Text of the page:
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You Can Play Cards Against Humanity in Your Browser With Anyone for Free

Be a terrible person anywhere, at any time.

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Cards Against Humanity has always been free and easy to obtain for anyone with a printer, but this new, in-browser port means you’ll never be caught without entertainment again. Cards Against Originality, as it is appropriately named, simply gives you a hand of cards from the original game and lets you submit your pick to the judge anonymously. If you’ve never played CAH and this all sounds like nonsense, I recommend you try playing with physical cards or at least in the same room first to see how it works—if only to make sure you can stomach the game’s… unique sense of humor before sending links off to people you’d like to remain friends with.

All you have to do to play is head over to and start a new game. The site will give you a link to share around to other players who can join just by viewing the link in any Internet browser. The one drawback is that your screen only shows the cards you’re currently holding, since the browser version is just meant to be a digital replacement for the actual deck of cards that you—of course—forgot to bring to your friendly gathering and not a full-fledged online game on its own.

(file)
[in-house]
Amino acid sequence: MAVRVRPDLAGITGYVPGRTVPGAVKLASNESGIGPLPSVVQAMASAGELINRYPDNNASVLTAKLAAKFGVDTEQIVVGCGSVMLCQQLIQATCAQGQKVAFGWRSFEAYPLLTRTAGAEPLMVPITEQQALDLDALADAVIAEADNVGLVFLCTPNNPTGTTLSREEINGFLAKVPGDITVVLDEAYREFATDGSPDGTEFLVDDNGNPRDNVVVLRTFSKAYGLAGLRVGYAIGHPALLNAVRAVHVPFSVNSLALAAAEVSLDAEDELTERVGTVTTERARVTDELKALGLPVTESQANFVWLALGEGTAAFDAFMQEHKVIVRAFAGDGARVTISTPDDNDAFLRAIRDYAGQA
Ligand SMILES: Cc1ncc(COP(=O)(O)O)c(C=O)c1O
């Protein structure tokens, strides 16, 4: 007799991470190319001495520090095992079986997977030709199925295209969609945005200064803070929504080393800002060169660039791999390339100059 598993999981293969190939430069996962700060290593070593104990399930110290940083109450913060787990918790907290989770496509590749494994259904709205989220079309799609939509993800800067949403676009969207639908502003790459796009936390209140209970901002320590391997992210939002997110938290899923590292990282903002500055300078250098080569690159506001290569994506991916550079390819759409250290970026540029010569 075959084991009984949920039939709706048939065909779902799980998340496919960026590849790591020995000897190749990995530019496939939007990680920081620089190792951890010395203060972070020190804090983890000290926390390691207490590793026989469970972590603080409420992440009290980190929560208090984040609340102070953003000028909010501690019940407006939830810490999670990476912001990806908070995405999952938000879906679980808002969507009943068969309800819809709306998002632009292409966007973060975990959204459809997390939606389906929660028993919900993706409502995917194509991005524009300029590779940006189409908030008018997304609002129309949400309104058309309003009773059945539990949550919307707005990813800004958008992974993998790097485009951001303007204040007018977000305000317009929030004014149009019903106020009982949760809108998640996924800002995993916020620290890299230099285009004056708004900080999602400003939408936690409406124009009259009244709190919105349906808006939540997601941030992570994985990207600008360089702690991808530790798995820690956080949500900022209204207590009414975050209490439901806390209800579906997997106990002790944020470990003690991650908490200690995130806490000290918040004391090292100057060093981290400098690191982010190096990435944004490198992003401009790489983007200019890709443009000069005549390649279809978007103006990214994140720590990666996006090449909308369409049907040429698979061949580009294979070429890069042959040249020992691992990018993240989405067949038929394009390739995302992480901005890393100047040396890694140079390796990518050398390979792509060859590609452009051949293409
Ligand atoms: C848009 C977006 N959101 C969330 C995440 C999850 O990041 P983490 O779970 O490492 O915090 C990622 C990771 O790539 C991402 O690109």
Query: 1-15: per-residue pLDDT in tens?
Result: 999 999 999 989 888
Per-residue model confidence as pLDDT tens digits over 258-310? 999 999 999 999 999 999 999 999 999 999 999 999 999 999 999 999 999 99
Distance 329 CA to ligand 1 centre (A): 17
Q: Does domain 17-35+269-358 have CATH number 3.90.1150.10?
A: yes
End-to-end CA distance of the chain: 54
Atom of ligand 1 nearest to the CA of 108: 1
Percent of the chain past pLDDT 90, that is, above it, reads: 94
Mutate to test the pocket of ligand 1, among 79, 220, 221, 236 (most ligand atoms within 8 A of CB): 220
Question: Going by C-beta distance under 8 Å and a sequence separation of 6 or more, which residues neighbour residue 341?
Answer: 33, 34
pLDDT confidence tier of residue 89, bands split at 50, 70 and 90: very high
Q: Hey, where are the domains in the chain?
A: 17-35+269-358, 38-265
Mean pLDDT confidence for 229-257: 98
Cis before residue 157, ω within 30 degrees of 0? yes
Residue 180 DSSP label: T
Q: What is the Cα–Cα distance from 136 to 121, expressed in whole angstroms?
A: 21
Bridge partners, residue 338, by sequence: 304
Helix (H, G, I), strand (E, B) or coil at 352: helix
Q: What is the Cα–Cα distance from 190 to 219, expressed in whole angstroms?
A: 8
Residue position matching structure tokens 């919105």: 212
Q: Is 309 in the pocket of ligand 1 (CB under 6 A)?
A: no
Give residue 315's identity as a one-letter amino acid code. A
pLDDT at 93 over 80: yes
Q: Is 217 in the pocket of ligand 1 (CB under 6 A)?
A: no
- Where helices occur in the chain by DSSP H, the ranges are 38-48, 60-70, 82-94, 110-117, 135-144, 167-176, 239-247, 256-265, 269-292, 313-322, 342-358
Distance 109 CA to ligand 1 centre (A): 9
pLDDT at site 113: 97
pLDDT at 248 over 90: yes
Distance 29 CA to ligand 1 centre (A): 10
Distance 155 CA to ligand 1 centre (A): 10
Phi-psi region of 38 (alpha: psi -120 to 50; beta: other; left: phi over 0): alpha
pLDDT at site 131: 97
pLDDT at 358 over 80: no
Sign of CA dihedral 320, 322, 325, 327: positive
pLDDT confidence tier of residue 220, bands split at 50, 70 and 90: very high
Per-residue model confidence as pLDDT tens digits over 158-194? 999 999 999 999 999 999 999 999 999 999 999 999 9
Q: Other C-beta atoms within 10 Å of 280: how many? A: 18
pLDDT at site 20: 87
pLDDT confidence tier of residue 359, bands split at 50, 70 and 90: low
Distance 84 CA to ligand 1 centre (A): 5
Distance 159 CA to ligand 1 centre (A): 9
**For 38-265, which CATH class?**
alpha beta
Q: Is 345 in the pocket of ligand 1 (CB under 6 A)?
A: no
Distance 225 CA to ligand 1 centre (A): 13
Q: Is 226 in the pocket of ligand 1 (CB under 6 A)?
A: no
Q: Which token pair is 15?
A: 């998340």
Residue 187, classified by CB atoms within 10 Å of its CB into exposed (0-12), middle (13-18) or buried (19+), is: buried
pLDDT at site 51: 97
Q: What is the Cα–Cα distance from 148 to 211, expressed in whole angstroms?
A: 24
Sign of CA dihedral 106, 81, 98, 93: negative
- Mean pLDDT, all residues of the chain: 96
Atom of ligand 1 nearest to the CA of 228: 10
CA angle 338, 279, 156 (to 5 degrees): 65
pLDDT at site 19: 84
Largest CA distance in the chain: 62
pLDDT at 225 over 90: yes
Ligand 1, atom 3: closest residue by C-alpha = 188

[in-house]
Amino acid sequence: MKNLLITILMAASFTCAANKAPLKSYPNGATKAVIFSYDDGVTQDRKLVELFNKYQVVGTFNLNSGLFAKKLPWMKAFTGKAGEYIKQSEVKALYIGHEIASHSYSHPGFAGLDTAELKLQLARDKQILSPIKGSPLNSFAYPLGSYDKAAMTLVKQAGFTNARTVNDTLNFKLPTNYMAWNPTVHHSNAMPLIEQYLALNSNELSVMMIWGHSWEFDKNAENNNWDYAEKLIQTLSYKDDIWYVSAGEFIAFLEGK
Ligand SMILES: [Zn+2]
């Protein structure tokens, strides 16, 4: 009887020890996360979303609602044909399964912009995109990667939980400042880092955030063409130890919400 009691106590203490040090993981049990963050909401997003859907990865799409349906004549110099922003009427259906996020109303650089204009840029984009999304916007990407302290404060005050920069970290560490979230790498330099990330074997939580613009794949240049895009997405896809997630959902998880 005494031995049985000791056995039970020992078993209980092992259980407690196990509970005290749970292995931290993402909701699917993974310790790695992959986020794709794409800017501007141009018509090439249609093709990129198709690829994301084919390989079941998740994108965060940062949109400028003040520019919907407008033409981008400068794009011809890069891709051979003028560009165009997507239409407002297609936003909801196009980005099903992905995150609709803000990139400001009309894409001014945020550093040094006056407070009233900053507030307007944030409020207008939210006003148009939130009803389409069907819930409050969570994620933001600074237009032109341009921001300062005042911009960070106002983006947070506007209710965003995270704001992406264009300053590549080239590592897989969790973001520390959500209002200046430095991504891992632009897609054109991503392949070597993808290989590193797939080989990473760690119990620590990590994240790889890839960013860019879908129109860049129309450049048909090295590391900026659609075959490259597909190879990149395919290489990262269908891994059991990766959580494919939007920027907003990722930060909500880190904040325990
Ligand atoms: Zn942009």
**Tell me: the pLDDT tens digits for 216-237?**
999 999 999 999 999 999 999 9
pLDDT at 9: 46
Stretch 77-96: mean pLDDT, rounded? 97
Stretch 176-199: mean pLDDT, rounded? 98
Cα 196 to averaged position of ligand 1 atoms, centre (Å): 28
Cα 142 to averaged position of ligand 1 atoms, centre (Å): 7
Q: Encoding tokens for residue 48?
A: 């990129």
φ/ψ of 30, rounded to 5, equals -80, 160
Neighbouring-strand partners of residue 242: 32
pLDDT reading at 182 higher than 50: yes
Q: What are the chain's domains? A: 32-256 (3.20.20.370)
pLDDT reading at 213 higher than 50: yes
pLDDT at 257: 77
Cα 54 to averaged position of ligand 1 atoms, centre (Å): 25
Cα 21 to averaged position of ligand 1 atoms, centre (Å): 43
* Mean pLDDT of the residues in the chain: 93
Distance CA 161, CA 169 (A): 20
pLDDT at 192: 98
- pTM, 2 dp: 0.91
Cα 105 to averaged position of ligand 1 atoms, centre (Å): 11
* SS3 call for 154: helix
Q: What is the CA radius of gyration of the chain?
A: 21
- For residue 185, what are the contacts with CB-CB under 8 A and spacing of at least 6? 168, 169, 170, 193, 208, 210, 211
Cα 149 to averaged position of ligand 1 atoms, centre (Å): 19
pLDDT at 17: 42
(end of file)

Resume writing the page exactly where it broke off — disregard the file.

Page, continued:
But while the CAO site’s info says you have to be in the same room with the other players for it to work, you likely have several means of communication at your fingertips to easily connect your group since you have to be online to play in the first place. It might get a little tedious screenshotting cards back and forth to make sure those who aren’t judging can see the cards and get in on the comedy/find out what terrible people they all are, but probably no more tedious than whatever else you’re pretending to do at work today and way more entertaining.

(via Gizmodo, image via screenshot)

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Dan is many things, including a game developer, animator, martial artist, and at least semi-professional pancake chef. He lives in North Carolina with Lisa Brown (his wife) and Liz Lemon (his dog), both of whom are the best, and he will never stop reminding The Last Jedi's detractors that Luke Skywalker's pivotal moment in Return of the Jedi was literally throwing his lightsaber away and refusing to fight.